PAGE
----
Abbott Agrees to Voluntary Recall of Meridia at Request of FDA
On October 8, 2010, drug giant Abbott announced it had agreed with an FDA request to voluntarily remove the diet pill Meridia (sibutramine) from the U.S. market after data from the Sibutramine Cardiovascular Outcomes (SCOUT) clinical trial showed Meridia users had an increased risk of heart attack or stroke. The six-year clinical trial data revealed patients who took Meridia had a 16% increase in risk of major adverse cardiovascular events (a composite of non-fatal heart attack, non-fatal stroke, resuscitation after cardiac arrest and cardiovascular death) in patients treated with Meridia compared to patients taking a placebo. At the end of the trial (60 months) patients who took Meridia only lost 2.5% more weight than patients taking placebo. After examining the data, the FDA concluded that the risk for an adverse cardiovascular event from Meridia outweighed any benefit from the modest weight loss observed with the drug.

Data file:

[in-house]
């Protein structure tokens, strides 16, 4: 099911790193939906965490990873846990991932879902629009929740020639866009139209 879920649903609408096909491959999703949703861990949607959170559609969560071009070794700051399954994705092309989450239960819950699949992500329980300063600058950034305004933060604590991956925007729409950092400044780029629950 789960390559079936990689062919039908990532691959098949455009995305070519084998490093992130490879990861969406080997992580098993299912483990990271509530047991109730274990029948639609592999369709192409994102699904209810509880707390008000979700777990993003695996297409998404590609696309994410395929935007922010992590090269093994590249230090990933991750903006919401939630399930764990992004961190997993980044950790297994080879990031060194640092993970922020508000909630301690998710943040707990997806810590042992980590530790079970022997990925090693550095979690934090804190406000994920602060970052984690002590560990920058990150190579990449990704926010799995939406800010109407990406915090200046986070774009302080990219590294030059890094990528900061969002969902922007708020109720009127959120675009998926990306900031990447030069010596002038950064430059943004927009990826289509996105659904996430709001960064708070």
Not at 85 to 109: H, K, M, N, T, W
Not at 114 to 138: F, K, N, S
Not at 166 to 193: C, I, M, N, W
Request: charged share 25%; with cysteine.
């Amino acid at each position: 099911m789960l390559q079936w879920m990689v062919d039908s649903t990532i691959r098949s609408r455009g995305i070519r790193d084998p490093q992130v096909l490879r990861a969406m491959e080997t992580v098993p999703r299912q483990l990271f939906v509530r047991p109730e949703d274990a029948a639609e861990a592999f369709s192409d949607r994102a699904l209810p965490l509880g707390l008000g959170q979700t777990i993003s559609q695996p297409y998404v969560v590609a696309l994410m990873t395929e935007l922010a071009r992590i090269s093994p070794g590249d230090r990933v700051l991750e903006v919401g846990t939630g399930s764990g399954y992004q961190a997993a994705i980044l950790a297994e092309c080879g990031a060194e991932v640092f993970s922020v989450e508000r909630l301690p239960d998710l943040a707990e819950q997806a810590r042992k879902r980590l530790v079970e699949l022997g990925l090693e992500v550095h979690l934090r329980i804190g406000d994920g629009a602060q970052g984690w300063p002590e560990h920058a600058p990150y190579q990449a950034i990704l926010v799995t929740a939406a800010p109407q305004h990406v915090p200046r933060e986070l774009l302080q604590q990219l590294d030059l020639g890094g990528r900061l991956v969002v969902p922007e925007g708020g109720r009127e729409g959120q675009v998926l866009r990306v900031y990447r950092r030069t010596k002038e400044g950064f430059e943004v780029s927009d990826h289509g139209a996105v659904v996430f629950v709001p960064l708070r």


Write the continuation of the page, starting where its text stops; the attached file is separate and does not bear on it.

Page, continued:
Meridia was approved by the FDA in 1997 for weight loss and maintenance of weight loss in obese people. Approximately 1.3 million prescriptions were written for Meridia in 1998 and the drug was initially considered a success. Currently, it is estimated that approximately 100,000 patients use Meridia. The FDA issued a simple warning to those patients: stop taking it, and consult your doctor about a new weight loss plan.